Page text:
THE appointments of Stuart Young as Minister of National Security and Gary Griffith as Police Commissioner received a seeming endorsement from British High Commissioner Tim Stew, in remarks at a talk on human trafficking last week Friday.
The event, hosted by the NGC Bocas LitFest, British and American missions, UNTT, and the Caribbean Umbrella Body for Restorative Behaviour (CURB) was held at Bocas' Writers' Centre in Alcazar Street, Port of Spain, ahead of a screening of the movie Moving Parts later that day.
Stew described the two appointments as “significant developments.” He said, “I’ve seen the range of reactions, from the positive to the abstentions, the criticisms and the cynicisms.
"So let me just say this. When young women are stabbed or gunned down in your streets, apparently for doing no more than ending a relationship, when it’s accepted that drug-fuelled gang violence will erupt at a moment’s notice, when migrants to this country can find themselves ruthlessly exploited – then I join those who support a call for a new approach and a new team.”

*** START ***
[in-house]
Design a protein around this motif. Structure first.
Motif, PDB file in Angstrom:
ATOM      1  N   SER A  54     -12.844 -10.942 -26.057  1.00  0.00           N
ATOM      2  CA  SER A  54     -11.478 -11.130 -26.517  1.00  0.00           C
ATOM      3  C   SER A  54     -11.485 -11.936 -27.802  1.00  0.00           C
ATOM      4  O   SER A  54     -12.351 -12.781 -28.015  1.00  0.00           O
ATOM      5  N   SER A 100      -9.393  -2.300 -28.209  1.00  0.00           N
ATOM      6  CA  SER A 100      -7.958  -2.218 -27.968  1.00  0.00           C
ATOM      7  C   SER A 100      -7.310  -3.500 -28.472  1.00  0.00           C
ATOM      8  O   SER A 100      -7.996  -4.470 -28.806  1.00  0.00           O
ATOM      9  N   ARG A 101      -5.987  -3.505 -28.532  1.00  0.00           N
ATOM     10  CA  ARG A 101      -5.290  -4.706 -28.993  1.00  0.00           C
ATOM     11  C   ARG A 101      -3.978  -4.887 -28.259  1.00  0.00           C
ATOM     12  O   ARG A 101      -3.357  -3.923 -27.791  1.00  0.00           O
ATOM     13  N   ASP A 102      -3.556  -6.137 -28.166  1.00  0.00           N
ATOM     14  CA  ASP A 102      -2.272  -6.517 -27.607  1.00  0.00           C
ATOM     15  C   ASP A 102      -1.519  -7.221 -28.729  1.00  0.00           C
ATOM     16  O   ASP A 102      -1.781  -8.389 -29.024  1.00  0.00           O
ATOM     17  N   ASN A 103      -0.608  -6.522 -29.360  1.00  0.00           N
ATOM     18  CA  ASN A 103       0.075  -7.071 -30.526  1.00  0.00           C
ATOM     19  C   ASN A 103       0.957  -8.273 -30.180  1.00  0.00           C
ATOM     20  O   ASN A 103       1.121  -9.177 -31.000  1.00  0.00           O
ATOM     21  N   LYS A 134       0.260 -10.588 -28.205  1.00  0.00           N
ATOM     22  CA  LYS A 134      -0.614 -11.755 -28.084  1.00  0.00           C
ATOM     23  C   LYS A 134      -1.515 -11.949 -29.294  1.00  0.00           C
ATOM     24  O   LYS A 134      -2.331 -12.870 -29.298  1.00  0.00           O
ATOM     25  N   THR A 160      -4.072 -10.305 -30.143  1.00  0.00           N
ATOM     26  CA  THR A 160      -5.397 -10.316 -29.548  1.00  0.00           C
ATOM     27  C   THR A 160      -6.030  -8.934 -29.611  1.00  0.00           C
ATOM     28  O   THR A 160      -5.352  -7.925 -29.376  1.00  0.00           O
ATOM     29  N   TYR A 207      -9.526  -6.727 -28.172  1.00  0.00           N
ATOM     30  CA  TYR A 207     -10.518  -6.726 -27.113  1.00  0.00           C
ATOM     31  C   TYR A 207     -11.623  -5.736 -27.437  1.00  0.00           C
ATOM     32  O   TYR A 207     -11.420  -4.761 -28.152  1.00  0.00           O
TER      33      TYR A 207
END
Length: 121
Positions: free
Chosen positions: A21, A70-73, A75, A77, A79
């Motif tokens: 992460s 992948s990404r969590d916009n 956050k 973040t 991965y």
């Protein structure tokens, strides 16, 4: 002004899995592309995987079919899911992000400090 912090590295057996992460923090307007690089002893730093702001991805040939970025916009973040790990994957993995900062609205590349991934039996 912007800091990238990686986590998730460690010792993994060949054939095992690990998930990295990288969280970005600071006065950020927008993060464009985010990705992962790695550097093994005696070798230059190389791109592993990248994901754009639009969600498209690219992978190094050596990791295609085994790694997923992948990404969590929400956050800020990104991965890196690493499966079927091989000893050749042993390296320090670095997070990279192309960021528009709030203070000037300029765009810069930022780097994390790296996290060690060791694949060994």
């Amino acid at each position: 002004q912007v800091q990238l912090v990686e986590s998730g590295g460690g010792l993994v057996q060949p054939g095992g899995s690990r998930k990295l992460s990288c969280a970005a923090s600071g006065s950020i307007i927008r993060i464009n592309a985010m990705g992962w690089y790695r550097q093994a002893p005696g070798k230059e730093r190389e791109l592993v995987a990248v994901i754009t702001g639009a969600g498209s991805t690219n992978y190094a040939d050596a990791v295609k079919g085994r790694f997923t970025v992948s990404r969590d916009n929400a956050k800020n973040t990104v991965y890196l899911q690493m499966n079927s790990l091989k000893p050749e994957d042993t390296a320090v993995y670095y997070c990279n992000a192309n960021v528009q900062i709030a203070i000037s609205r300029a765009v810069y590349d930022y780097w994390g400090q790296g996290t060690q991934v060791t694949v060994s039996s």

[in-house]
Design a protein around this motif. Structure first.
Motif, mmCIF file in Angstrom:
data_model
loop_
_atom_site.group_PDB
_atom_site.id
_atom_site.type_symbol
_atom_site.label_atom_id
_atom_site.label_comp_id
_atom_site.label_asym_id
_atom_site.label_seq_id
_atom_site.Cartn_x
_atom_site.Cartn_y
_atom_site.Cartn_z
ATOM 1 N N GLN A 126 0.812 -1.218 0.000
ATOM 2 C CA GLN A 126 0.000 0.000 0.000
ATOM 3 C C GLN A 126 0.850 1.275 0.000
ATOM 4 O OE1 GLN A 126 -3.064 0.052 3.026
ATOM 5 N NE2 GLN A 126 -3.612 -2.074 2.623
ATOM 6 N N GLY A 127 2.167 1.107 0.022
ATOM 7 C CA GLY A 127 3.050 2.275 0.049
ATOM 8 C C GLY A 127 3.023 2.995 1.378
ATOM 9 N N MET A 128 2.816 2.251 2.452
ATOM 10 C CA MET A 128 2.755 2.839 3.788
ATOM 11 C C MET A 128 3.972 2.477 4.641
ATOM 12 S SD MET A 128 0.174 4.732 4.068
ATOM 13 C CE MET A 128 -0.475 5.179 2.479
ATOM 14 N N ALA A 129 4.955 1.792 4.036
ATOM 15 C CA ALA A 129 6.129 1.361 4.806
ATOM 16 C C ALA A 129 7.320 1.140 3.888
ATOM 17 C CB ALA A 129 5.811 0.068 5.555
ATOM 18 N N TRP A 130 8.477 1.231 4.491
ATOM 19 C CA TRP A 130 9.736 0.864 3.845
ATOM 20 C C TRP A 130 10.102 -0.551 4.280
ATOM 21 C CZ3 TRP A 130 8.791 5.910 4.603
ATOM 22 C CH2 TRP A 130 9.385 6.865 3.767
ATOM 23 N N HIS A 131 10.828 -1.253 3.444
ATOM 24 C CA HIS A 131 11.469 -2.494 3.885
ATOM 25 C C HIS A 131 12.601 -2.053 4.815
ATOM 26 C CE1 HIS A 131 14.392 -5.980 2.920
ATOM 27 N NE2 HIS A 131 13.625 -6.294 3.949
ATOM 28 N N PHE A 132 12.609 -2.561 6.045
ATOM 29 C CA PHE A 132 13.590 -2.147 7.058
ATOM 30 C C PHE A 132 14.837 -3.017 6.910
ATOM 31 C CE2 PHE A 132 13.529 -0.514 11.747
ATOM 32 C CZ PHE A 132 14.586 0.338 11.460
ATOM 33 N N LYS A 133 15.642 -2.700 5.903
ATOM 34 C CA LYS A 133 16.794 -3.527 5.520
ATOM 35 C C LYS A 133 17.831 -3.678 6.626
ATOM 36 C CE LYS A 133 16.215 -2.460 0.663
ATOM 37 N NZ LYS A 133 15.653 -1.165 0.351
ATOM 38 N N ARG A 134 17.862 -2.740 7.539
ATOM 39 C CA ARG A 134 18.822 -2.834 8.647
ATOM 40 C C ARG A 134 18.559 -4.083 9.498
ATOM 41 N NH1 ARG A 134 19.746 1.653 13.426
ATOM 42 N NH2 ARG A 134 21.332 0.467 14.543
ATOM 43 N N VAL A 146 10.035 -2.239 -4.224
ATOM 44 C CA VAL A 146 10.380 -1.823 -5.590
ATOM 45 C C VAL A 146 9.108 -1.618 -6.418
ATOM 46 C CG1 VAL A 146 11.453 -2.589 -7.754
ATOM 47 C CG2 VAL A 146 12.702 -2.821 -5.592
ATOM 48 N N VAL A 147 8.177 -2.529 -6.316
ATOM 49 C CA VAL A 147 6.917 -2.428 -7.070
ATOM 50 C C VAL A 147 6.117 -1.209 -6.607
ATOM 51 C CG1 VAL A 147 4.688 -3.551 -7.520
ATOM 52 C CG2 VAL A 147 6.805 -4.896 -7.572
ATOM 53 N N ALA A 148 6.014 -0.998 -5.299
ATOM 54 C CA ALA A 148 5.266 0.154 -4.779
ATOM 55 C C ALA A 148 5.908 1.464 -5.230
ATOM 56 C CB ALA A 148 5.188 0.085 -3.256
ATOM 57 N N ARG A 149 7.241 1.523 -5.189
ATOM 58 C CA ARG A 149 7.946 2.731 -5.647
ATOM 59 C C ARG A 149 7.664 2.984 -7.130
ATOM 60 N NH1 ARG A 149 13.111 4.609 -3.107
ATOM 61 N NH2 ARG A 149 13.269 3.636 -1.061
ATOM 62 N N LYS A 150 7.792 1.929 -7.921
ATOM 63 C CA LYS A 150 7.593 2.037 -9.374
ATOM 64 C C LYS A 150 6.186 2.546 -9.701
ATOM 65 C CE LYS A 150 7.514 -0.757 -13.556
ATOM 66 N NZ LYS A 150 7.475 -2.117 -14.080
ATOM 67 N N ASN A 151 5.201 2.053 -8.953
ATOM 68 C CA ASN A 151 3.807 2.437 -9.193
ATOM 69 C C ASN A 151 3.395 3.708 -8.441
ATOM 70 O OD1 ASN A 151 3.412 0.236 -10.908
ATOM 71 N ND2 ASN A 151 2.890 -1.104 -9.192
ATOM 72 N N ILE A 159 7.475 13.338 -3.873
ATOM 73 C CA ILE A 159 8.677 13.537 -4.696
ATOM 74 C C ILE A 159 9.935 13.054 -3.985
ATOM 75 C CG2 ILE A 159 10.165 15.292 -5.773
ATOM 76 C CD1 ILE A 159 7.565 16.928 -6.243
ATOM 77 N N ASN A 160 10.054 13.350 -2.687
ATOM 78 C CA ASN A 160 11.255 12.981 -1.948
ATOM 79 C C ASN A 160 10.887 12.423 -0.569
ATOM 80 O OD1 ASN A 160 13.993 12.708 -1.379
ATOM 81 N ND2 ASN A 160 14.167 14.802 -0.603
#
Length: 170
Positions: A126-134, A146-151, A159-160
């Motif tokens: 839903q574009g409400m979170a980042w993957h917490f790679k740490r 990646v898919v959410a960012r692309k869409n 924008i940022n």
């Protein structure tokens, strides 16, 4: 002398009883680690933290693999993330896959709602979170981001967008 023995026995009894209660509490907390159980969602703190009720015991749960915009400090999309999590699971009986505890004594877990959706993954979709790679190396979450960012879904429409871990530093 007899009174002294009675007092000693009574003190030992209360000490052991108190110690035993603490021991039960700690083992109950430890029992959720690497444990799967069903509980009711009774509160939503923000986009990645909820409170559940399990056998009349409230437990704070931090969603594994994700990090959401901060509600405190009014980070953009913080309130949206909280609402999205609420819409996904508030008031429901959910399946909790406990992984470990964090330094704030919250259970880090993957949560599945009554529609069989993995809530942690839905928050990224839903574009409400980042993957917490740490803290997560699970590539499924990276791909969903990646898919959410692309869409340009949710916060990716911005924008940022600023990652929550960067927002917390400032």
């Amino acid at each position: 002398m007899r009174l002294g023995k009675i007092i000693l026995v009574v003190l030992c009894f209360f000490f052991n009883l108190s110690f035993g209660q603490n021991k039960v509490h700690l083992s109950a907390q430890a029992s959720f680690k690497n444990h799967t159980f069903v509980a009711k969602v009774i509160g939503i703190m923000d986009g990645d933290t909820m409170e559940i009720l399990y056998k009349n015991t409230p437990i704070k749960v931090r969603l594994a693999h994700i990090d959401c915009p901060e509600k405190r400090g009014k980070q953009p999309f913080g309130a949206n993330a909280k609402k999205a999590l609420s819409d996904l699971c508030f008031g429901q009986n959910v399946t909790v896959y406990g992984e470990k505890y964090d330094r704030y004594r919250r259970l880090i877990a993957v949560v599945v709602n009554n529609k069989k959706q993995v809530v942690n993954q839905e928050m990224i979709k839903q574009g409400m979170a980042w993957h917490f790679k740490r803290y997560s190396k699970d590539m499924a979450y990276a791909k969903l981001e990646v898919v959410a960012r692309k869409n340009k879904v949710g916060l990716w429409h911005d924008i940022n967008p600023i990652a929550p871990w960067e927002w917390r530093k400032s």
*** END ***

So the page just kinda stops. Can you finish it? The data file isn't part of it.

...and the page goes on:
Stew vowed to stand four-square with TT, shoulder to shoulder in tackling crime. “And I will put all the British resources available to me behind the new minister and new commissioner-designate as they get down to work.”
On human trafficking, Stew said the British government had introduced the Modern Slavery Act in 2015, with penalties from 14 years to life imprisonment. It also launched a Call to Action to end Forced Labour, Modern Slavery and Human Trafficking, which 70 countries have supported. This policy paper was sent to the UN in September 2017 and urged support for treaties, domestic legislation, local law enforcement and international co-operation to curb modern slavery and support victims.
“An endorsement of this Call to Action – as we have requested from the Government of TT – sends a strong message of political intent that your country will not tolerate this crime domestically, and will work with others to create a step-change internationally.”
Stew said next month the Call to Action will be put on an internet platform to show which countries have endorsed it and what they have done to implement it.
Calling human trafficking “an evil crime,” Stew said it has 40 million victims globally and generates US$150 billion per year in illegal profit, exceeding the entire US financial sector.
He said modern slavery/human-trafficking is a significant global problem that cuts across human rights, security and corruption. “Women and girls account for over 70 per cent of victims of this cruel problem,” he pointed out, and a quarter are children.